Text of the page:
Six kids on the run must face a villain who threatens the future of human existence . . . but winning comes at a high price.
Six children have escaped horrifying government experiments, a childhood in captivity, and a frightening brush with death. Living out in the world for the first time, they yearn to be reunited with Kit and Frannie, the couple who saved their lives. And Max, the leader of the flock, is seized by an overpowering fear that the kids are about to face a danger greater than any they've ever known.
All that the children want is to return to the one place they have ever felt truly protected: the waterfront cabin known as the Lake House. But in order to get there, they must thwart the sinister plans of a survivor from their worst nightmare -- plans that not only keep Kit, Frannie, and the children in constant peril, but threaten the future of human existence. And it's a battle they must be willing to pay any price to win.
When the Wind Blows(1998), to which this is a sequel, has been Patterson's "most successful novel around the world," according to an author's note. That novel, about children genetically engineered to fly, also thrilled most critics. This one won't, despite some charms, and the reason manifests itself in the three paragraphs paragraphs, mind that begin chapter 41: "They were elated to be together again the flock! The tribe! The family!" Patterson tends toward shorthand writing, and generally it works in his favor, but the problem here is that exclamation points do not engender deep emotions within readers! Nor do italics. And the novel is strewn with both, as well as with too much dumbed-down prose. The plot isn't much to boast about, either. In the original, Max the flying bird-girl and her "siblings" were menaced by the mad scientists who ran the vile laboratory known as "the School," but were helped in escaping by erstwhile narrator Frannie O'Neill, a veterinarian, and Kit Brennan, an FBI agent. Here, Max and her five siblings are menaced by the mad scientist who runs the vile laboratory known as "the Hospital" but are helped by erstwhile narrator Frannie and Kit. So what's new? Not much, other than a few neat touches (for instance, the villain, Dr. Ethan Kane, is addicted to M&Ms) and in by far the best section of the novel, not coincidentally one in which Patterson slows down a truly moving description of how Max and the oldest male bird-child mate. The rest is an extended hunt and chase, as Kane goes after Max and her siblings in a medical conspiracy so outrageously unbelievable that readers will blink in wonder. The pages move like the wind that lifts Max's wings, of course, but Patterson can, and has, done far better than this. 6-city author tour. (One-day laydown, June 9)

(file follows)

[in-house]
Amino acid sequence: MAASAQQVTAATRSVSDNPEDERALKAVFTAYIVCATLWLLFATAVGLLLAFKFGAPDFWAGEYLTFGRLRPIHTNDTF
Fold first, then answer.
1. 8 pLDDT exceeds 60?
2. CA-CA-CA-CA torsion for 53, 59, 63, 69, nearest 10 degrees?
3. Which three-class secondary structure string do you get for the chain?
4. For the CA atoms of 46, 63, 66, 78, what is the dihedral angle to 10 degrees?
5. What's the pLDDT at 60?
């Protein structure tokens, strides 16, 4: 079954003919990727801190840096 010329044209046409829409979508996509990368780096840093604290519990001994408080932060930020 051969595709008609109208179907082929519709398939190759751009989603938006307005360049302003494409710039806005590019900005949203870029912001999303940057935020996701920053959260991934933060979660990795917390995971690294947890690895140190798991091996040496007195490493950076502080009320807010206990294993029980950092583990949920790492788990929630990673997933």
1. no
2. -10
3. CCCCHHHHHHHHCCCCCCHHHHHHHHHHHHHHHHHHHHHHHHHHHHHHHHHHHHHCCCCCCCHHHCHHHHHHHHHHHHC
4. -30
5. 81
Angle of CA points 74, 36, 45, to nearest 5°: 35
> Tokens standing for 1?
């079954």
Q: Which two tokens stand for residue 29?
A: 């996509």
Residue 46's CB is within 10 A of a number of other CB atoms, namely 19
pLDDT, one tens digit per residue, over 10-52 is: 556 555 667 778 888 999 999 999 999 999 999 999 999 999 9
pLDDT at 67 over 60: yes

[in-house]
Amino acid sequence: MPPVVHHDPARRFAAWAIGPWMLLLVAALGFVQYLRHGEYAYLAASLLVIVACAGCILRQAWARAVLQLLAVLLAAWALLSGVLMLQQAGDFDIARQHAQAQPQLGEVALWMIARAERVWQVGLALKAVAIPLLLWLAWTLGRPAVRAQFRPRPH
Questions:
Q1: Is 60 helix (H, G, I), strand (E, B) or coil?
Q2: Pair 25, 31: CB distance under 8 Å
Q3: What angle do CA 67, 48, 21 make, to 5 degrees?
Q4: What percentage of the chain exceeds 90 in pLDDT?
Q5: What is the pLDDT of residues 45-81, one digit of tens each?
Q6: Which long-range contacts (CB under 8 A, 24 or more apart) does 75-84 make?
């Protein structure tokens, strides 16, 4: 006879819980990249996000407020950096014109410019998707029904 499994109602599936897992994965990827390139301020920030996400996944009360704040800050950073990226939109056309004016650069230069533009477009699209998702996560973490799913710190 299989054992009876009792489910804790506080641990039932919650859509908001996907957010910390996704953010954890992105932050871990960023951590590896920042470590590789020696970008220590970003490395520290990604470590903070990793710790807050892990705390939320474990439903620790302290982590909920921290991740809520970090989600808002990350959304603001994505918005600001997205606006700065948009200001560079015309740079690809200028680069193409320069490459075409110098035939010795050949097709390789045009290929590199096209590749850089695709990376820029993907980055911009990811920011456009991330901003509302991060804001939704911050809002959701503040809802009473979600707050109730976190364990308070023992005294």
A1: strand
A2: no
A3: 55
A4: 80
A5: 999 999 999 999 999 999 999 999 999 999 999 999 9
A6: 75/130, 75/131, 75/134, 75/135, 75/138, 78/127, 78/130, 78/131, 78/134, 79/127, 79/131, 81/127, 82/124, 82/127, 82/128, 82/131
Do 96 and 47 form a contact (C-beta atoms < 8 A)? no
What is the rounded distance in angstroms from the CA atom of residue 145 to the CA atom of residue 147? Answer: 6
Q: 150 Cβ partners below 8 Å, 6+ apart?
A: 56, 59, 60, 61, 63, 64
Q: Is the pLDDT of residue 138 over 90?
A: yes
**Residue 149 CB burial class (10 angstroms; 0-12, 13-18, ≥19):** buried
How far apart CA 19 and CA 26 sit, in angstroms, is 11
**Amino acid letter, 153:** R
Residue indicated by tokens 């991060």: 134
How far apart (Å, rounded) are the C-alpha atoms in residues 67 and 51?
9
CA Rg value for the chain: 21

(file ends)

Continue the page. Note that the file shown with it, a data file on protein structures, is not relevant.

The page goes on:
Customer ReviewsSee All
The Lake House
Good read. It flowed very well, until the last 50 pages or so when it jumped to another 'side' story and then ended. It never finished the 'hospital' part...it totally left it hanging and wants the reader to believe the world forgot about it.
One of my favorite books of all time!
Any book that can hook me in within a page or two of the "sample" is a must read. Would love to see this one made into a movie!